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£4m initiative launches to bring space technology to the NHS


(Credit: Shutterstock)
(Credit: Shutterstock)

Technology created for space missions could save lives on the NHS thanks to a £4m initiative.

The money from the UK Space Agency will be split up to four ways, converting technology originally made for use in space, such as for exploration and satellite communications, into medical applications.

Previous examples of space technology being adapted for NHS use include a pill camera that can be swallowed by patients, dementia-tracking slippers, breast screening vans that beam images to assessment centres, wearable monitors to help prevent falls among the elderly, and apps that help prevent skin cancer.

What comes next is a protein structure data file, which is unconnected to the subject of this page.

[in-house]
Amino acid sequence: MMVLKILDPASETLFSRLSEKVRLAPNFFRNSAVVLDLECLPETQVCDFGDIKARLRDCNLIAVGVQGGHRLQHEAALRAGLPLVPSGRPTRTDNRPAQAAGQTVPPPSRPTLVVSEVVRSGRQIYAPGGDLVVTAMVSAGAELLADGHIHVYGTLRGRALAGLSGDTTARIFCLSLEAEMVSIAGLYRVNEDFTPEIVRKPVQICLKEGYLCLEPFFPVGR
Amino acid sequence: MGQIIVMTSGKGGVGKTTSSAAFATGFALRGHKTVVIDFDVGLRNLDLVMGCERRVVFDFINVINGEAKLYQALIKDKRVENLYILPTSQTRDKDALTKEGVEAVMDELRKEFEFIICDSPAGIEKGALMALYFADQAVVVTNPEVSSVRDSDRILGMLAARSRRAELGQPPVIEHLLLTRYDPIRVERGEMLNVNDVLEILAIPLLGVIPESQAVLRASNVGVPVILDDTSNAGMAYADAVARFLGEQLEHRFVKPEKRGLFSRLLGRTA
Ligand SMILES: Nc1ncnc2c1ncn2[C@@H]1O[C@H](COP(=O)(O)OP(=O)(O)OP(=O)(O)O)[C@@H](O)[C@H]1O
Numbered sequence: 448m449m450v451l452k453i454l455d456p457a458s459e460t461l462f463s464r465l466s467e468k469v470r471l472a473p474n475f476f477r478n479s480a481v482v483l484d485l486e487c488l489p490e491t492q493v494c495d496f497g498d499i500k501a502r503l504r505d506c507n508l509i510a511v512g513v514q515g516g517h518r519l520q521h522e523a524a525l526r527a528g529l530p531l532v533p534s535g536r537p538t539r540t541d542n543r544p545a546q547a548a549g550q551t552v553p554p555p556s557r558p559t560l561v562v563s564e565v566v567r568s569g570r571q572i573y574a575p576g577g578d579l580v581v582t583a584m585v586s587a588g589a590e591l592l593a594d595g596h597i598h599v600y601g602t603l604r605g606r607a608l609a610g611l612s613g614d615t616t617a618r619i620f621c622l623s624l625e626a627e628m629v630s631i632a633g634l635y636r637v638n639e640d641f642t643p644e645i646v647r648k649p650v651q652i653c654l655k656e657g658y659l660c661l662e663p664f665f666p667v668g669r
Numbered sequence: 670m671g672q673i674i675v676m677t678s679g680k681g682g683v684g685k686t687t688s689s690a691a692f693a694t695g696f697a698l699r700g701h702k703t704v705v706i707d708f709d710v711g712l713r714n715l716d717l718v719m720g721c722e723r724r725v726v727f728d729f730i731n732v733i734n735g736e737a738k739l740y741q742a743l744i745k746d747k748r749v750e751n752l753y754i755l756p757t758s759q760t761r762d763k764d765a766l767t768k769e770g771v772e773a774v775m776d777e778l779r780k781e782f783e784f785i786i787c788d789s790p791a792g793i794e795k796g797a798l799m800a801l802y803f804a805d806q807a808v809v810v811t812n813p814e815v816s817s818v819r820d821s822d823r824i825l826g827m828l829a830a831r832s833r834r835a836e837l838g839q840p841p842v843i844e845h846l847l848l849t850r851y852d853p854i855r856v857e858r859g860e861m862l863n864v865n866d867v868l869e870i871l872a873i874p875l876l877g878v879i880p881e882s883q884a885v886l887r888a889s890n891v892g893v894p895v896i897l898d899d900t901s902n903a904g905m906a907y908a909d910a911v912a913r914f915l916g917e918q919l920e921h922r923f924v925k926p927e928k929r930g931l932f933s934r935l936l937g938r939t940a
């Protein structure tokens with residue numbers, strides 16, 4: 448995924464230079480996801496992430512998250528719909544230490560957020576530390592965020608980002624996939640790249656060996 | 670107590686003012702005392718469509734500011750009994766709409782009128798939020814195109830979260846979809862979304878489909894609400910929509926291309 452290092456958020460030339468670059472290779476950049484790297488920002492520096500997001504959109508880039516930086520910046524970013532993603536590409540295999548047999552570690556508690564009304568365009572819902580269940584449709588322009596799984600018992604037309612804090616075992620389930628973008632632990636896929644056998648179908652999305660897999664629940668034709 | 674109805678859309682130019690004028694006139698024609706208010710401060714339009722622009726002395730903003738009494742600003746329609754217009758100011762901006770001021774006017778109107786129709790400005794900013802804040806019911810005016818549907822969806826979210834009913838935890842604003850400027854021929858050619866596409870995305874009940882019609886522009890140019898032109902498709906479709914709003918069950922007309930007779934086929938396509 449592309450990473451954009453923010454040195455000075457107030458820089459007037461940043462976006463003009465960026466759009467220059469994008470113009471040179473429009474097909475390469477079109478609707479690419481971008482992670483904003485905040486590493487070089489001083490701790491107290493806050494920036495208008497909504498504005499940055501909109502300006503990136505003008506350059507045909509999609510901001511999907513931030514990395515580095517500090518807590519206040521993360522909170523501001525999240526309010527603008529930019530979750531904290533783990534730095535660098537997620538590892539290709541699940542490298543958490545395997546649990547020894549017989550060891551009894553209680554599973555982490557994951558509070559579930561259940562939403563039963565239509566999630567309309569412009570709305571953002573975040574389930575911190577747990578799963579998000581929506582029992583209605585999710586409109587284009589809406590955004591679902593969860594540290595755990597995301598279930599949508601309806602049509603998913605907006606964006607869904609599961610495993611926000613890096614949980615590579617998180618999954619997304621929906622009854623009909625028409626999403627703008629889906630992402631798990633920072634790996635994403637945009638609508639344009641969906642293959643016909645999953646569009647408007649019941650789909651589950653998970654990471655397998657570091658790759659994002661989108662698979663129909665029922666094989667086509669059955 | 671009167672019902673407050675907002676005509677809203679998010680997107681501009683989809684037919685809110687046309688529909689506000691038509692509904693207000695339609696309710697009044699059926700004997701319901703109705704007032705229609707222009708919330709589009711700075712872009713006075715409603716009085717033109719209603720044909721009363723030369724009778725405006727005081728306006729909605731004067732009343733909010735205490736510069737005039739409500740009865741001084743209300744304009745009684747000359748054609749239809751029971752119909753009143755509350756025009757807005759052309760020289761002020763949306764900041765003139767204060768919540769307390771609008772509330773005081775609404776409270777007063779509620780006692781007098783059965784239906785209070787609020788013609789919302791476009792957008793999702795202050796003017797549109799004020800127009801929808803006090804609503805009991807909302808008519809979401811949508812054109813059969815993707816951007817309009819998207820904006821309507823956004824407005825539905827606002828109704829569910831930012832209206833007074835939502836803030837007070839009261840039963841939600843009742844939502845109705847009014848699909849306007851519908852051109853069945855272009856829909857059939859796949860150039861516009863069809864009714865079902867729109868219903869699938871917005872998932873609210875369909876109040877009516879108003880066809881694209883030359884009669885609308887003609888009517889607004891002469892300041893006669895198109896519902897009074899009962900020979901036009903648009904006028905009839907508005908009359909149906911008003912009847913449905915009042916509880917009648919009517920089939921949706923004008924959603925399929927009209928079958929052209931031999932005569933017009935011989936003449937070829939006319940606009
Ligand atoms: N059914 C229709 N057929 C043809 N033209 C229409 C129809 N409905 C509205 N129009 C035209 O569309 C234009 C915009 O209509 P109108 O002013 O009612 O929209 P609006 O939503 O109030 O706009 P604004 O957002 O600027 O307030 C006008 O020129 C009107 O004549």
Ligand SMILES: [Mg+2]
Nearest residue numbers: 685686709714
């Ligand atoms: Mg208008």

The joint initiative with NHS England is looking for high-tech solutions to the biggest health and care challenges, including meeting mental health needs and diagnosing cancer earlier. The two other key challenges outlined by NHS England chief executive Simon Stevens were managing long-term conditions, and transforming GP services and other primary care.

“Throughout its 70-year history the NHS has been at the forefront of healthcare innovation,” said Professor Tony Young, clinical director for innovation for NHS England. “Through this competition we are seeking the latest, greatest, ideas and technical solutions to help address the modern challenges facing our health and care services.”

The UK’s space industry builds 40% of the world’s small satellites and 25% of the world’s telecommunications satellites. It supports 40,000 jobs and generates £14bn in revenue across the country.

Companies and innovators can apply for the funding. For more information, email

Content published by Professional Engineering does not necessarily represent the views of the Institution of Mechanical Engineers.

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